Troubles That Missed The Train
"Some of your
griefs you have cured, And the sharpest you still have survived; But
what torments of pain you endured From the evils that never
Professor Meyer, of Stanford University, says, "It is our fears that
often bring us our worst perplexities." The things that happen to us
are usually not nearly so bad as the things we expect to happen that
do not happen.
your life and count how many troubles you foresaw and feared, whose
dark shadows lay across your way possibly for years. Many of these
troubles never arrived. They missed their train somewhere. They
failed to make connection or they were run off in some other
direction. Anyway, the trouble you looked for and planned for and
expected and feared and shrank from never came your way.
other troubles that looked so great in prospect, when you actually
faced them, when they were close enough to touch, were not at all
the terrible things you thought them to be. Some of them you
surmounted easily. Some of them you laughed at. Some of them you
made stepping-stones. Some of them just faded out of the picture.
you ever read the old story of the servant girl whom her mistress
found one day in the kitchen weeping? Her mistress said, "Why, Mary,
what are you crying about?" "Oh," she wailed, "I am afraid my
children will be drowned." "Why," said her mistress, "you are not
even married." "No," said she, "but I was thinking how awful it
would be if I should marry and have children and they should fall in
the river and drowned."
smile at this tale but many of us are just as foolish this servant
girl. Never go out into the future to meet your troubles. If they
are coming they will come anyway. They will get to you soon enough.
Do not run to meet them. Just let them alone and most of them will
go some other way. In one way or another they Will miss the train
and never reach you.
people are like Martha. They are "careful and troubled about many
things." Not a few people are like Nebuchadnezzar. He said, "I saw a
dream which made me afraid, and the thoughts upon my bed and the
visions of my head troubled me" (Dan. 4: 5). Daniel also said, "The
visions of my head troubled me" (Dan. 7:15). Many people have
written me about dreams they have had asking me to interpret them or
to tell them if I think they portend trouble.
are hundreds of people who are disturbed by things they dream or
experiences they have just as they wake from sleep. They have
impressions of various sorts. Some of them are very unusual. Some
people are troubled for years over something they have dreamed. It
is true that we read in the Bible of people having dreams that had
significance. These dreams, however, were very unusual. Perhaps a
man would have two or three such dreams in a lifetime. All the rest
of his dreams were without significance. If God should give any of
us a dream he would see that we learned its meaning. He would not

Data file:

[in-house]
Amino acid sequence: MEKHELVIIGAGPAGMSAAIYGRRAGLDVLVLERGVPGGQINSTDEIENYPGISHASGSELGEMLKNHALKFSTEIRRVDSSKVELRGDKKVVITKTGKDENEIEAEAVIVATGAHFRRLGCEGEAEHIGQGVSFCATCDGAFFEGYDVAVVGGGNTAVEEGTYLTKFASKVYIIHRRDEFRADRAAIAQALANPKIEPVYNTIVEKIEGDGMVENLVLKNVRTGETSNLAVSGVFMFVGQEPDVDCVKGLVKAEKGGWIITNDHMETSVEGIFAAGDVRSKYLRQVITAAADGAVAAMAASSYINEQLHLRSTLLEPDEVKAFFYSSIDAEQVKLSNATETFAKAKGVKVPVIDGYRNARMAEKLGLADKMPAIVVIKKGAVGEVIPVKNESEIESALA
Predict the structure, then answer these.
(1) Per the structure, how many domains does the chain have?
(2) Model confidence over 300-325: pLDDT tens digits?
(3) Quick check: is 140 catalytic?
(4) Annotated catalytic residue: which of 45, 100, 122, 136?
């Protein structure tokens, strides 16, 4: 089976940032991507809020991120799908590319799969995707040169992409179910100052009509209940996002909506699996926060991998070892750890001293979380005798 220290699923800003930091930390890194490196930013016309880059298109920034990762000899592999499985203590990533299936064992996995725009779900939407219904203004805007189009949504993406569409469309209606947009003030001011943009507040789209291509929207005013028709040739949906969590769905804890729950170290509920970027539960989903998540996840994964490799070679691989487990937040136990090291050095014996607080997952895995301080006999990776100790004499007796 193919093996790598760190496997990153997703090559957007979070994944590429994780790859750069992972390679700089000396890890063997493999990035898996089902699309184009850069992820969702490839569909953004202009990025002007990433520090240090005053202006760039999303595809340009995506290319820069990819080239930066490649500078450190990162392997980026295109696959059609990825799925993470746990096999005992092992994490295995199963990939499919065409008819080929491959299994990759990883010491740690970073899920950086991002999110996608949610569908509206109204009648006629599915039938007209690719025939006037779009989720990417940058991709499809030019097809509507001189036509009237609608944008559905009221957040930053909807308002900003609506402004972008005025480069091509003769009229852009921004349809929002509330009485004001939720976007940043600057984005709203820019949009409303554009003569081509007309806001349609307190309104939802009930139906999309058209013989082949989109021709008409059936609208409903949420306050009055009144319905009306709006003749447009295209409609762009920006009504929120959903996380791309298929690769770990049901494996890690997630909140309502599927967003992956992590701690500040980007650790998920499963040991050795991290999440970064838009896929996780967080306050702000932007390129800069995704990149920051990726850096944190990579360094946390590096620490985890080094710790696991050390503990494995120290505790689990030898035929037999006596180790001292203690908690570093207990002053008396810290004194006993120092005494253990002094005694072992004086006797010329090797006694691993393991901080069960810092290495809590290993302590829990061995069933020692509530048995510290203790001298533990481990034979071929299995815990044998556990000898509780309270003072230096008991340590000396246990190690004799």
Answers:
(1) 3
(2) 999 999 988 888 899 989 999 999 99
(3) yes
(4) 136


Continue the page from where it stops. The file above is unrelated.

leave us to be troubled over it very long.
worry over your dreams. Never interpret them as meaning trouble
coming to you unless you go farther and believe it is God's way of
helping you out of the trouble by forewarning you and thus enabling
you to be prepared to meet it when it comes. But God never gives you
a dream to frighten you unless to awaken you from sin. He never
gives you a dream to trouble you, so do not trouble over them.
are other people who get troubled over thoughts that come into their
minds. They do not know the source of these thoughts. A thought
makes a strong impression upon their mind. They cannot shake it off.
Then they feel that there is some hidden meaning in that thought and
they worry about it and wonder about it. Never allow yourself to be
troubled over such things.
there are others who have thoughts of evil come into their mind.
They put them away but speedily they return. They condemn themselves
for these thoughts. They think they are not right with God or they
would not have such thoughts. There may be many other reasons for
their coming into the mind and for their persistence in returning to
the mind. Displace these thoughts by good thoughts all you can, but
do not worry over them.
many railroad crossings there are derails. If one train is about to
run into another on a crossing it can be derailed and a collision
prevented. We need a derail for our troubles. Perhaps another figure
would be a side-track. One can become quite an expert in side
tracking troubles. The best way to side-track our troubles is set
forth in the text, "Casting all your care upon him for he careth for
you." This is a lesson we all need to learn. The Lord is ever ready
to help us in all times of need. We do not have to bear anything
alone. The Lord is a present help in every time of trouble. Let us
learn to rely upon him.
people, in a different sense, have a side-track of their own, with
an open switch. Every car of trouble that comes along runs in on
their siding. If we must have a siding we should keep the switch
closed. We should keep out of other people's troubles. Most of the
troubles many people have are from getting into other people's
troubles. We should take precautions to have all the troubles that
do not belong to us passed on to the ones to whom they belong and
not accept them ourselves nor be partners with them in them. To be
sure we should help others all we can, but we should not load up
with their troubles.
the verse at the head of this chapter. Get the lesson in it. Then so
face the world and so master yourself that you will not cross your
bridges before you get to them nor suffer from your troubles before
they arrive. Ever keep in mind the fact that most of them will miss
the train and will never arrive and whatever you might suffer from
them from anticipation is useless suffering.